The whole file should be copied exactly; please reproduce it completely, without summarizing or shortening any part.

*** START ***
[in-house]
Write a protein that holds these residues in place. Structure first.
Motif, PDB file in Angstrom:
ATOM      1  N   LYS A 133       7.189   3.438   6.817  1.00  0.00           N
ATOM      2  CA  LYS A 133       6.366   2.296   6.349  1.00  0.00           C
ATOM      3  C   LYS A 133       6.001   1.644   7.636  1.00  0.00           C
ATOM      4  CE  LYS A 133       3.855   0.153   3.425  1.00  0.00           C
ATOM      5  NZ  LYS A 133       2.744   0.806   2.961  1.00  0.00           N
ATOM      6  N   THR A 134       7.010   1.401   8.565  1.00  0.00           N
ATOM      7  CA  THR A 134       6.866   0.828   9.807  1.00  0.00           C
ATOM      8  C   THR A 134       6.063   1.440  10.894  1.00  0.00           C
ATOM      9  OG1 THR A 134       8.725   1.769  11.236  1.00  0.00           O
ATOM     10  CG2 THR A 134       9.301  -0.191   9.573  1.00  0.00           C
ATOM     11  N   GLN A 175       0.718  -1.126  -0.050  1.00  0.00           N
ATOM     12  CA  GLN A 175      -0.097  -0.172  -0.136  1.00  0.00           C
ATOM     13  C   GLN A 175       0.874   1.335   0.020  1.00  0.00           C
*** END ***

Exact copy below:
[in-house]
Write a protein that holds these residues in place. Structure first.
Motif, PDB file in Angstrom:
ATOM      1  N   LYS A 133       7.189   3.438   6.817  1.00  0.00           N
ATOM      2  CA  LYS A 133       6.366   2.296   6.349  1.00  0.00           C
ATOM      3  C   LYS A 133       6.001   1.644   7.636  1.00  0.00           C
ATOM      4  CE  LYS A 133       3.855   0.153   3.425  1.00  0.00           C
ATOM      5  NZ  LYS A 133       2.744   0.806   2.961  1.00  0.00           N
ATOM      6  N   THR A 134       7.010   1.401   8.565  1.00  0.00           N
ATOM      7  CA  THR A 134       6.866   0.828   9.807  1.00  0.00           C
ATOM      8  C   THR A 134       6.063   1.440  10.894  1.00  0.00           C
ATOM      9  OG1 THR A 134       8.725   1.769  11.236  1.00  0.00           O
ATOM     10  CG2 THR A 134       9.301  -0.191   9.573  1.00  0.00           C
ATOM     11  N   GLN A 175       0.718  -1.126  -0.050  1.00  0.00           N
ATOM     12  CA  GLN A 175      -0.097  -0.172  -0.136  1.00  0.00           C
ATOM     13  C   GLN A 175       0.874   1.335   0.020  1.00  0.00           C